Tag Archives: WorldHeritage

Preah Vihaer border temple

25 Jan

The traditional 'I was there' pic ;-)

One of the must-sees on my trip and the reason for hopping over the not so common Thai-Khmer border crossing, was the Preah Vihaer temple. It is not only declared UNESCO world heritage (since 2008) but it is also the subject of vigorous quibbles between two oh-so peaceful countries. So if even two zen countries fight a war over it, it must be amazing (pics below).

So I asked well around before setting off to this well hidden temple at the Thai border. The holy guidebook told me that the trip involved having dollars ready to ‘support’ the Cambodian soldiers (so that they let you through). My guesthouse girl (who looked very much like a boy though) told me that there were shared taxis from the one and only Anlong Veng roundabout going to the road crossing at the foot of the hill/mountain. From there I would need to take a motorbike up the steep slopes (because no common vehicles would manage). Continue reading

Back to the stone age in Piodao

16 Jul
Schist and slate everywhere

Schist and slate everywhere

Piódão is a quaint little village stuck to a mountain slope. The houses are all made of black schist stones (slate) which gives the village a dark but picturesque and coherent look except the white church in the middle of it (always the same that can get away with exceptions in urban planning…). I thought the village was simply wow and should be put on the Unesco World Heritage list, whereas my friends and my mum said: “but there’s nothing there”… Tastes differ.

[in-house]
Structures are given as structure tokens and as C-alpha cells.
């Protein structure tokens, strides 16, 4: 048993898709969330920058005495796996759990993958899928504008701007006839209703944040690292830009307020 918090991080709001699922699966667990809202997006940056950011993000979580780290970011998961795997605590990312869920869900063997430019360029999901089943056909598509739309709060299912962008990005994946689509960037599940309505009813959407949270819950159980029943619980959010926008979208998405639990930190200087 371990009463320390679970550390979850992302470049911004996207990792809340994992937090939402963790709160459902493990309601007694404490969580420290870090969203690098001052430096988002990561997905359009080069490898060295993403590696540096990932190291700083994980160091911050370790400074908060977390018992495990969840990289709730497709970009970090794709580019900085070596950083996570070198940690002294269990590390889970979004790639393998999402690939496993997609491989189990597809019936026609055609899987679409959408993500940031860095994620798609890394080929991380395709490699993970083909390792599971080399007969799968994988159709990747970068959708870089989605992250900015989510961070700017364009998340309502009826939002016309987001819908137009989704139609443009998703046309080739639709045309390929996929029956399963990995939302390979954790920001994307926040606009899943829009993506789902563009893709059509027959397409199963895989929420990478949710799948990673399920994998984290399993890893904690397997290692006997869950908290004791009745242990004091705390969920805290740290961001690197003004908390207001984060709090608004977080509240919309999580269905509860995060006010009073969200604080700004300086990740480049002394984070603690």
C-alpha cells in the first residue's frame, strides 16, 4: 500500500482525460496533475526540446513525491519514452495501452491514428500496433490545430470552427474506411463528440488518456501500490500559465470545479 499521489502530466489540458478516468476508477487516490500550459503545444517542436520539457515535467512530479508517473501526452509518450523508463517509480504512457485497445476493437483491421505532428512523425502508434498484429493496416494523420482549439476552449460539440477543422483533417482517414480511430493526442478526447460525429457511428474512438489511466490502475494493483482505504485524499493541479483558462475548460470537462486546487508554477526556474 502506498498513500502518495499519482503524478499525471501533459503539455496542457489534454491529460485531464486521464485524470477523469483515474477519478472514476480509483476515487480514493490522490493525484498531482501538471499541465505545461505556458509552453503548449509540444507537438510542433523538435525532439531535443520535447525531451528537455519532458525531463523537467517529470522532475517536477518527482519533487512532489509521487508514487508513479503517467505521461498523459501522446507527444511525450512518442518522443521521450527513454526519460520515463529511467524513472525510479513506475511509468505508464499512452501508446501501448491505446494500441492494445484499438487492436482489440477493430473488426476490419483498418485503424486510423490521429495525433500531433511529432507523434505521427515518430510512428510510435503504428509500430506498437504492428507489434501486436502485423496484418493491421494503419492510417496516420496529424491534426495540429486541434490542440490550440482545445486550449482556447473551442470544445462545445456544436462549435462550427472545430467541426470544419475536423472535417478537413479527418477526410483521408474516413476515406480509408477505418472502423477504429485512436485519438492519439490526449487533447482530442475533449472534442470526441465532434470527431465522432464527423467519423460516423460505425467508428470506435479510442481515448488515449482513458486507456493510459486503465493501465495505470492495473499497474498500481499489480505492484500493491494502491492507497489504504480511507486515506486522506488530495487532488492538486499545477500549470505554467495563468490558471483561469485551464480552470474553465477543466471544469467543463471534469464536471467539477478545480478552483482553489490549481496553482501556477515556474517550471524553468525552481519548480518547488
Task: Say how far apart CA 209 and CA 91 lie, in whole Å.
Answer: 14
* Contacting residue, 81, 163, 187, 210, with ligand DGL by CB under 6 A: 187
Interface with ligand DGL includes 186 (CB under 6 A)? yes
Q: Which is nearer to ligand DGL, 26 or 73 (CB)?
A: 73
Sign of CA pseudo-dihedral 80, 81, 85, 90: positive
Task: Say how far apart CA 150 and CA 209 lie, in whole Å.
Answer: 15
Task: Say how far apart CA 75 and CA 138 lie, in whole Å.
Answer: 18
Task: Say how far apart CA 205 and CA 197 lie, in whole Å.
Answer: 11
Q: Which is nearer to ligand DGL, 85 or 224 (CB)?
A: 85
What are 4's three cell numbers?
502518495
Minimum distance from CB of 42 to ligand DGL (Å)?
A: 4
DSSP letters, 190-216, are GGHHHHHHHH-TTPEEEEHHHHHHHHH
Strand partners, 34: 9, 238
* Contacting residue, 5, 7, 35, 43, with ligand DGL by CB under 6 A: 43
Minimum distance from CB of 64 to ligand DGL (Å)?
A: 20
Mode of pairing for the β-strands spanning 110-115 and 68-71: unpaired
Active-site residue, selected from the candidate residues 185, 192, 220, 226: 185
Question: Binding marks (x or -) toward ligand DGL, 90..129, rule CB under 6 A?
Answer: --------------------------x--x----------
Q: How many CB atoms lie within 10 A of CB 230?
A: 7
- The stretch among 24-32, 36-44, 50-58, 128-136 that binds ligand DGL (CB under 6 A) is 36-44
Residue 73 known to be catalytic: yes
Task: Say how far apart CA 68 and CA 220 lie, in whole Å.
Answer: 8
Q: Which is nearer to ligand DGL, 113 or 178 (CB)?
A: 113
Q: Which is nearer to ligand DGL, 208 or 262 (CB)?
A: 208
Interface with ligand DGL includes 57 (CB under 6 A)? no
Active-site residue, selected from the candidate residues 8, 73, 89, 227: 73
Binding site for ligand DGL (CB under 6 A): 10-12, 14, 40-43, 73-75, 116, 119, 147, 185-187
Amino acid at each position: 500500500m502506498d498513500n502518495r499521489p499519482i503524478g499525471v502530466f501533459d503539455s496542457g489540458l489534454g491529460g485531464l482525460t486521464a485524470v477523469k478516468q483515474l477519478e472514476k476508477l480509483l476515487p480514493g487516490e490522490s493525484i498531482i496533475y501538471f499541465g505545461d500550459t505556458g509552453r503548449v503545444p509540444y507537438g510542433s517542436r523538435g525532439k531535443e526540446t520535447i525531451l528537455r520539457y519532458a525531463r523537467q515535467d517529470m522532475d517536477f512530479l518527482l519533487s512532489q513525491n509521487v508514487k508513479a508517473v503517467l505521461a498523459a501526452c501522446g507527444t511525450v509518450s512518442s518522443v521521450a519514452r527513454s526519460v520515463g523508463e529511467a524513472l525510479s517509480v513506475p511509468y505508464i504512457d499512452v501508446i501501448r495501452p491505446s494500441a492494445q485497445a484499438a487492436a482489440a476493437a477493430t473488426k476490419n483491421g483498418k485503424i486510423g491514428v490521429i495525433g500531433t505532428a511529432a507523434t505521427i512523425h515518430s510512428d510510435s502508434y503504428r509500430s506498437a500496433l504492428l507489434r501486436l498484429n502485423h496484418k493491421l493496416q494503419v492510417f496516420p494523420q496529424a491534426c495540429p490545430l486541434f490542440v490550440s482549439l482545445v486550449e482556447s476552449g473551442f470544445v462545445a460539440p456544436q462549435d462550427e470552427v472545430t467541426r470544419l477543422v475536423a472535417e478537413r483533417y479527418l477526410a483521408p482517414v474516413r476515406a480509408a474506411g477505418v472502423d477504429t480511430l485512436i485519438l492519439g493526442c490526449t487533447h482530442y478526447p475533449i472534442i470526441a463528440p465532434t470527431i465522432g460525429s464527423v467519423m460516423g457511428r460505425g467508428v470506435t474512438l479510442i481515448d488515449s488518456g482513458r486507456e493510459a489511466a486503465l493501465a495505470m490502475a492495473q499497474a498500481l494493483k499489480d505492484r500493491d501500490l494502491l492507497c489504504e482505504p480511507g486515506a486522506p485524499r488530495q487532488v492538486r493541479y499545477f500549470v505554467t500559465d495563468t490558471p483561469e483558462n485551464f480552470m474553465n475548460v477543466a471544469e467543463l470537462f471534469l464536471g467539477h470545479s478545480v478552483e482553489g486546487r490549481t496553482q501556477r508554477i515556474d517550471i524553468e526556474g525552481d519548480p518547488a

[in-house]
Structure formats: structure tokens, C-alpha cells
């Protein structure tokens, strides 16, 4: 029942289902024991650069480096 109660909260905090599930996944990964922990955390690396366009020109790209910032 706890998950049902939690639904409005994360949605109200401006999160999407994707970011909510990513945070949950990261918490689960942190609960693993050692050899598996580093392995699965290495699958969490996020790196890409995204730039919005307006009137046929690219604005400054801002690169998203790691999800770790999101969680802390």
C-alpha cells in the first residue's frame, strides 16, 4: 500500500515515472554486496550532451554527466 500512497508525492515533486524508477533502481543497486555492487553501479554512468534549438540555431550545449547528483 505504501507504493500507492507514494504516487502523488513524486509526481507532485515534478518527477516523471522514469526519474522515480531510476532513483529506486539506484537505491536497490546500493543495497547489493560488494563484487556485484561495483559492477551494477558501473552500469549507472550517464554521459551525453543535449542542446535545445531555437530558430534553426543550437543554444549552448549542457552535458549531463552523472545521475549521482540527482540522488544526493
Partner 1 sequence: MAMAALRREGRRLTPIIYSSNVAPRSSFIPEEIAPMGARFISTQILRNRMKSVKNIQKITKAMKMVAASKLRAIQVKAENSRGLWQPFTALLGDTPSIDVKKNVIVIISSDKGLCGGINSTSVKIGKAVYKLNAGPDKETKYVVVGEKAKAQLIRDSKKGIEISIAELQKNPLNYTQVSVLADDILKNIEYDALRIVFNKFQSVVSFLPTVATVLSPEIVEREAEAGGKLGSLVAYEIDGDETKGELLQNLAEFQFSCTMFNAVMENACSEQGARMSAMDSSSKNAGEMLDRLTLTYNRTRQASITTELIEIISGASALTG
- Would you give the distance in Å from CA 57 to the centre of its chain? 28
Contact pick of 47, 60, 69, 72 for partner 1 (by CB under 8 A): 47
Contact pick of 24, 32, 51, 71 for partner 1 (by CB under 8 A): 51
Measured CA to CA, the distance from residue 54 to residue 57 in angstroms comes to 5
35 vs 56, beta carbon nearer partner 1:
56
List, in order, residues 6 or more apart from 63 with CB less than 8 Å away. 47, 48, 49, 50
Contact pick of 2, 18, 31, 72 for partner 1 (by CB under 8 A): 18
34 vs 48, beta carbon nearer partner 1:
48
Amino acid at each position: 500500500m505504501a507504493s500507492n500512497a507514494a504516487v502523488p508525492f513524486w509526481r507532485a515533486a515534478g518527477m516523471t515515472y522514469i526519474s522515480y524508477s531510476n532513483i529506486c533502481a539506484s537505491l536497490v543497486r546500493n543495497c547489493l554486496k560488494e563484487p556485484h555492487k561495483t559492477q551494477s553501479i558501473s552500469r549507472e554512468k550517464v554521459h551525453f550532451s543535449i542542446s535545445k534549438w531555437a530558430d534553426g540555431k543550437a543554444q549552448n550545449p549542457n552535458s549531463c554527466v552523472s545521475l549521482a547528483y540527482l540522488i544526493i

• Lots of pictures below

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World Heritage Ifugao Rice Terraces

28 May
This is as green as green gets

This is as green as green gets

It was not easy getting there, but 2 nightbuses, one daybus, a rough motorbike ride and 2 hours walk later I was walking in one of the miracles of this earth – a mountain full of rice terraces carved in its flank. No wonder Unesco declared this World Heritage. There’s so many colours of green, and the Tippaya waterfall nearby to go for a swim – even though in the freshness of the mountains, you don’t need any cooling down (I even used my cardigan for the 1st time since in 5 months).

The way back to (modern) civilization from this olden time idyll up in the mountains, was just as crazy as getting there: a 2 hours hike to the nearest junction and then a rodeo ride on a landslide ridden (excuse for a) road on top of an overcrowded jeepney, dodging sweeping branches and electricity cables.

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Vigan Spanish Heritage Town

25 May
Spanish architecture, Spanish names,Spanish religion?

Spanish architecture, Spanish names,Spanish religion?